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What is a Badger?

Honey badger.
European badger cub.
Badgers eat quite a lot of honey to supplement their meat-based diet.
The badger is Wisconsin's state animal.
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  • Written By: Mary McMahon
  • Edited By: Bronwyn Harris
  • Last Modified Date: 14 October 2014
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A badger is a burrowing carnivorous mammal in the family Mustelidae. The creatures are related to weasels and otters, among others in this large animal family. Several different species of badger are found across the Northern hemisphere in a range of environments, from open plains to heavily wooded areas. In Britain, badgers are the largest living carnivorous animal, and they are protected by law, out of a desire to preserve England's natural heritage.

Several characteristics are shared across all badger species. The animals are stocky and heavily built, with muscular clawed forearms designed for digging. Badgers range in color, with grizzled, brown, black, and gray animals, but all of them have distinctive white stripes running down their faces. The badger is known for being extremely protective and rather fierce, and the animals will defend young and dens at all costs, even fighting or harassing much larger animals.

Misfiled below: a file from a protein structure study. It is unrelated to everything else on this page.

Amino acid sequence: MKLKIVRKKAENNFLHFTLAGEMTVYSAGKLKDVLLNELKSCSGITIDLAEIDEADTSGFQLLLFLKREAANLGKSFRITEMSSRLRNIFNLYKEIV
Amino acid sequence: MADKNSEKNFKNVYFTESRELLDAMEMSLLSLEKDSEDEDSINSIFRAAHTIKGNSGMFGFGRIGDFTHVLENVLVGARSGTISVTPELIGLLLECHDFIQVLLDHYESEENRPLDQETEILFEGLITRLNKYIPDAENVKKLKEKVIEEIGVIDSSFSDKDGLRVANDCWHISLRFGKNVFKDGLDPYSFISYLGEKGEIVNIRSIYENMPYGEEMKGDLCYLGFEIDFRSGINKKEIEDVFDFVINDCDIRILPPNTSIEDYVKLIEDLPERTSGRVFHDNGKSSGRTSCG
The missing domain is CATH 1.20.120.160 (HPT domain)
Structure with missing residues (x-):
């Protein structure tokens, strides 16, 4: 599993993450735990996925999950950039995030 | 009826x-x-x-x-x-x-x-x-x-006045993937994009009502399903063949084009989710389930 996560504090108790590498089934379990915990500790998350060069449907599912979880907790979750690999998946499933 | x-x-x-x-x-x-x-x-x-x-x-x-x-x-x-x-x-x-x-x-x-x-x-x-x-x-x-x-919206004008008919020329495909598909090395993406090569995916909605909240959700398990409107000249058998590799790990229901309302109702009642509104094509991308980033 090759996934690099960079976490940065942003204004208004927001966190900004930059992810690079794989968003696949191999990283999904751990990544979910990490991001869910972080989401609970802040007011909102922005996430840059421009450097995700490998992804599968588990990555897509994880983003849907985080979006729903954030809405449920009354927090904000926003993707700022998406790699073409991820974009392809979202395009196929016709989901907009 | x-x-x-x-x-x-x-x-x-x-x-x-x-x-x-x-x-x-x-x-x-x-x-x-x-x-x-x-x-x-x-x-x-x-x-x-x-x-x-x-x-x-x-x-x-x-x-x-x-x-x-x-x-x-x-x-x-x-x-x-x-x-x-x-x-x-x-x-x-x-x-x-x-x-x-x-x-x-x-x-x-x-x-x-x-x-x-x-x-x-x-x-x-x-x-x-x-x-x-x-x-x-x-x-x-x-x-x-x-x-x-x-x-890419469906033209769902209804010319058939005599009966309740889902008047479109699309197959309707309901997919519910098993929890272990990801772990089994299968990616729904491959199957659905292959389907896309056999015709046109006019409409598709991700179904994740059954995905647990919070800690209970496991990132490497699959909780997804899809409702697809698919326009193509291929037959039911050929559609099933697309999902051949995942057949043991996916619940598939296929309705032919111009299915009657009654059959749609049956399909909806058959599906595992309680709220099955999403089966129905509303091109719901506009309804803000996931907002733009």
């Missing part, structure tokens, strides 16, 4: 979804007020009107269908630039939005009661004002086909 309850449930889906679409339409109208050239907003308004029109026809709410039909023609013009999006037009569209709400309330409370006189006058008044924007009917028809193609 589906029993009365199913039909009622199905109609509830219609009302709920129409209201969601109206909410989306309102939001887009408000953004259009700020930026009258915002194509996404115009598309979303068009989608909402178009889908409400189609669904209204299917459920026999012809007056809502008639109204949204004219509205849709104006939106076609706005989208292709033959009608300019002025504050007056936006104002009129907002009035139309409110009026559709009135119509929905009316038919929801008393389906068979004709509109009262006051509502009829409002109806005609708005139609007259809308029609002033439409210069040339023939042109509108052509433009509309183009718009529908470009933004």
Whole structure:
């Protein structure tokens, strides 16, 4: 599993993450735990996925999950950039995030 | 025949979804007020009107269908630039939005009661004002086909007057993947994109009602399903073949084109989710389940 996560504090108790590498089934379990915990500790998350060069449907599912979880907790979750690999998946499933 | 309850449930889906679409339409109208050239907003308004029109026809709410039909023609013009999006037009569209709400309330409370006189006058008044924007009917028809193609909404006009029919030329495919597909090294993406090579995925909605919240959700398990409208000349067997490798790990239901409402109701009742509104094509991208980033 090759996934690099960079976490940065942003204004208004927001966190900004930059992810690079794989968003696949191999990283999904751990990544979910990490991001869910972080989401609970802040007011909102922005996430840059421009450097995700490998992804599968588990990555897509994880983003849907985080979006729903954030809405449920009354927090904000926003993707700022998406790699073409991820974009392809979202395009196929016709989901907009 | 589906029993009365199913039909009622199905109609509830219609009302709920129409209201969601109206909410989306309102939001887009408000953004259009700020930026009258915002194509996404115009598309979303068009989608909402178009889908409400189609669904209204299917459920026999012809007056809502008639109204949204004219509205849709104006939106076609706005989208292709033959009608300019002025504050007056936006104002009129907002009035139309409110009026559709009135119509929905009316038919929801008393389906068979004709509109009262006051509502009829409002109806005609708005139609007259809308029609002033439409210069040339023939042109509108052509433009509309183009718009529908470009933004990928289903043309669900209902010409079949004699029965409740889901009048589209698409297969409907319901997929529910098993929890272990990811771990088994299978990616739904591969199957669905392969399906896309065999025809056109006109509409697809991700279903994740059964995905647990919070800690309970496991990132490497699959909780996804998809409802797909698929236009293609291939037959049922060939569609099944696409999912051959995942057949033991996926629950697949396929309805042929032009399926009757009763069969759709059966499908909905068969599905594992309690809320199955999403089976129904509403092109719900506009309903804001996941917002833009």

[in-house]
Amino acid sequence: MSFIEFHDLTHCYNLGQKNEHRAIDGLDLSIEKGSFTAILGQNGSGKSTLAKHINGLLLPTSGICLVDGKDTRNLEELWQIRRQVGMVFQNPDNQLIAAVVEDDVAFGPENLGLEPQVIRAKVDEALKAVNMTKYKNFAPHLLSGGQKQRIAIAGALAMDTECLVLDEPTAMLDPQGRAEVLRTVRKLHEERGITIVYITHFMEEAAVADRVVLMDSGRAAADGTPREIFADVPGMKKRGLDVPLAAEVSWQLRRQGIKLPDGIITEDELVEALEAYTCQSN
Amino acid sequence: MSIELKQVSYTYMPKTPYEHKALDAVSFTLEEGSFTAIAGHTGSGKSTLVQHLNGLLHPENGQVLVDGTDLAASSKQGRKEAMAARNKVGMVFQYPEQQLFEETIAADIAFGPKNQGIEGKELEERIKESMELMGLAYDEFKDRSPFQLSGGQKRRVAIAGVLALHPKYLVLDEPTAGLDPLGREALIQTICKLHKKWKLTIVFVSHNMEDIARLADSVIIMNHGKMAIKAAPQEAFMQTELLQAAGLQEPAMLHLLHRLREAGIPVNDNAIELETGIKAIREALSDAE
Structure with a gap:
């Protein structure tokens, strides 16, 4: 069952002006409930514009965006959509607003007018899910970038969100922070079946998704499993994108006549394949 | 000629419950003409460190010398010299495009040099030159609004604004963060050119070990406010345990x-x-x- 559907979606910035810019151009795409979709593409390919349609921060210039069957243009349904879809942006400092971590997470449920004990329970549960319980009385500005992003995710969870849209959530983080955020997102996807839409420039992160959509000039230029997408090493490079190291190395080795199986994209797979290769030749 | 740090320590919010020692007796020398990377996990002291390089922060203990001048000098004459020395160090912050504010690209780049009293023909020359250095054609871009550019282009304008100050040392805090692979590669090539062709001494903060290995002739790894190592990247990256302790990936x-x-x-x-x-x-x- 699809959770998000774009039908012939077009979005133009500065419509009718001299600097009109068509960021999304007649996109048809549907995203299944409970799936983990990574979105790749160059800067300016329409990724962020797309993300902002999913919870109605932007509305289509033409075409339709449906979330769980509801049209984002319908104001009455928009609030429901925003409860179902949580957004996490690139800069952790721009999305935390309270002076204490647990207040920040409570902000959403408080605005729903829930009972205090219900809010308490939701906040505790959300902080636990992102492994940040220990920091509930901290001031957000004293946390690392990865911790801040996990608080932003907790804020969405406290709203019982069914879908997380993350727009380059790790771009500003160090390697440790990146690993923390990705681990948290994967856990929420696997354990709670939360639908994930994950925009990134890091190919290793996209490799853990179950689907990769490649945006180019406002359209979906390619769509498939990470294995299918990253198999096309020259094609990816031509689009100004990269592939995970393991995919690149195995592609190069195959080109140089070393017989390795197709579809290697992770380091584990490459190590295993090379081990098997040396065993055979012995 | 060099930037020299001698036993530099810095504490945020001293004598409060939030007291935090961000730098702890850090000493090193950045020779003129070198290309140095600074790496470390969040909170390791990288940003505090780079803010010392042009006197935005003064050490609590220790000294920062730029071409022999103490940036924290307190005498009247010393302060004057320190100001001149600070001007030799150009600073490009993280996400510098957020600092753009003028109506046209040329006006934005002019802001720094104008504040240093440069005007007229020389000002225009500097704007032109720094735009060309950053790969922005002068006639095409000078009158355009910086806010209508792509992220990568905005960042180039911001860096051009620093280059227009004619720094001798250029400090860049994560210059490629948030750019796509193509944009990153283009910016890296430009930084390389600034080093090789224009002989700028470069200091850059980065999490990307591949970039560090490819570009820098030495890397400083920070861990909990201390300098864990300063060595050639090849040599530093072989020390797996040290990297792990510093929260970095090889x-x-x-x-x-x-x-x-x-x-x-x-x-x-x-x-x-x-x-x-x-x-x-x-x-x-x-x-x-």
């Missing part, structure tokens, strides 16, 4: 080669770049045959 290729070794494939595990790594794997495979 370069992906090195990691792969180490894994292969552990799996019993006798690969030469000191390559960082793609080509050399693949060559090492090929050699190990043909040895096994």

The burrow of a badger is known as a set. A single badger may live alone in a solitary territory in some species, while others form loose colonies of up to 15 individuals. Not much is known about the mating habits of badgers; the gestation period appears to be around seven months, and the animals seem to bear multiple young in some cases. Different species have slightly different mating habits and gestation periods. In cold regions of the world, badgers go to ground during the winter, emerging in spring when conditions are more favorable.

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The diet of badger species varies. Many badgers eat a wide assortment of small animals such as rats, mice, insects, and birds, if they can catch them. Others supplement a meat-based diet with plants and honey; many badgers appear to be quite fond of honey, actually. The long front claws of a badger can be used to attack threatening animals, bring down prey, and dig, making them excellent multi-use tools. When the animals get going, they can dig extremely rapidly, even outstripping a fit human with a shovel.

Popular fiction and mythology includes badgers on occasion. The animals have a distinctive look, and their determined loyalty and bravery are often themes in stories about badgers. Some authors also associate the badger with England and British society, since the animals enjoy a uniquely protected status in Britain. The badger is the state animal of Wisconsin, and the animals romp in the mythology of many Asian nations as well.

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